Good Evening. Investors analyzed President Biden’s declaration that the US will restrict Russian oil and energy imports. Wall Street’s main benchmarks tried a comeback into Tuesday’s close but swung down. Investors fear the import restriction will hike gas prices even higher and worsen inflation.
In afternoon trading, the S&P 500 closed 0.72% lower. The DOW closed 0.56% lower and The NASDAQ fell by 0.28%.
Commodities, which don’t make for excellent first-date conversation but are vital in everyday life, gave their best meme stock impression yesterday with historic price fluctuations. Nickel, for example, experienced its largest daily dollar gain ever.
What exactly is going on? Concerns the crisis in Ukraine may result in a severe shortage of vital commodities are driving up prices. Because of port closures and sanctions, Russia and Ukraine have stopped shipping items that are used around the world for food, fuel, and industry.
According to Bloomberg, nickel’s 76% price increase yesterday was one of the “most extreme moves” in metal markets history. Nickel is a critical element in EV batteries and is also used to make stainless steel. Russia is a major producer of the metal. Nickel was already in short supply, adding to pricing pressures. Elon Musk urged companies to “please mine more nickel” two years ago.
Nickel trading on the London Metal Exchange (LME) was halted as the price of the metal soared beyond $100,000 per metric ton. You can blame the move on a short-squeeze by traders.
European natural gas prices soared to 345 euros per megawatt-hour as speculations of a possible Russian energy embargo circulated earlier in the day. Prices had never exceeded 30 euros prior to last year, or 200 prior to last Friday.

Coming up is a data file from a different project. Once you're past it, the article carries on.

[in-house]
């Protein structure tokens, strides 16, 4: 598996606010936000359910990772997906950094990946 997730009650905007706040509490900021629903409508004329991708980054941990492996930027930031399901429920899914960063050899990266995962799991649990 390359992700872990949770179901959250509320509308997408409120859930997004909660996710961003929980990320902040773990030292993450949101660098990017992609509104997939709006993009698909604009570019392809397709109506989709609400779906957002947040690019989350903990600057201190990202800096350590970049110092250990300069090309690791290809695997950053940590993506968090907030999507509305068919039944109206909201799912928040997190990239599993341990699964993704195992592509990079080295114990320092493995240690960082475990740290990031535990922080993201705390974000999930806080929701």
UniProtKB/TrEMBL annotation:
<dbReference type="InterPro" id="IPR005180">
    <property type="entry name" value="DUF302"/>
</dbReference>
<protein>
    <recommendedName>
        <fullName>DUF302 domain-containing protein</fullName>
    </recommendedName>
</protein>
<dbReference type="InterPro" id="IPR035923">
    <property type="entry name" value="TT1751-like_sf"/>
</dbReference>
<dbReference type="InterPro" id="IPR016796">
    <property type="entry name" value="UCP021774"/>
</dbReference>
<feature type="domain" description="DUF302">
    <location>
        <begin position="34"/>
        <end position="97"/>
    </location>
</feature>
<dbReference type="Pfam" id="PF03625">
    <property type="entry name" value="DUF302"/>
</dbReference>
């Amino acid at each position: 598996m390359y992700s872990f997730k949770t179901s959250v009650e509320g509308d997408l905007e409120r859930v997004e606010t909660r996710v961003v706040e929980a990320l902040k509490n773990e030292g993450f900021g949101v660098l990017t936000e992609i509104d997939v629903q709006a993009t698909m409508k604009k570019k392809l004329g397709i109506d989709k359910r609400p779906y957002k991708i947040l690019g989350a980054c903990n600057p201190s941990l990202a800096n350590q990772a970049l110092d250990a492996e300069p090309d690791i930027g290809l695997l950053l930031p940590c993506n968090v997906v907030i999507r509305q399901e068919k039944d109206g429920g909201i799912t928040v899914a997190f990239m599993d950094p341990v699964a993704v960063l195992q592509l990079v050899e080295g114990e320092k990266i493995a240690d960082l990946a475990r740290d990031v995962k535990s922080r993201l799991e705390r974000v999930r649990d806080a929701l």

Oil prices have continued to rise, causing Americans even more financial hardship at the gas pump. California gas prices have risen 51 cents in the last week to an average of $5.34.
Wheat prices have risen by more than 50% since the war began. New highs are expected when almost one-third of the world’s total wheat exports (which Ukraine and Russia are responsible for) are disrupted.
Lower-income countries that rely on Ukrainian and Russian grains, such as Egypt and Indonesia, will be disproportionately affected by rising wheat prices. However, rising food costs do more than just increase the cost of supper; they can destabilize societies. When wheat prices were nearly this high in 2008, protests erupted around the world.
What could this mean going forward? Just as the world economy was beginning to recover from the COVID, another big supply shock has struck. However, because this shortage of supplies isn’t accompanied by a surge in economic development, it raises the likelihood of stagflation and possibly recession.
In a press conference this morning, President Biden announced an embargo on Russian oil. Possibly even more punishing to the Russian energy industry are restrictions on investments by U.S. companies. The heavy restrictions on investment into exploration and development could damage Russia’s ability to competitively produce oil and gas for a generation.
Russian energy products account for only 7.9% of total petroleum imports in the United States, including crude oil. However, European countries are much more dependent on Russian crude oil and natural gas. Germany, the world’s largest consumer of Russian crude oil, has resisted calls to impose a restriction on energy imports, but is seeking to increase its use of alternative energy sources.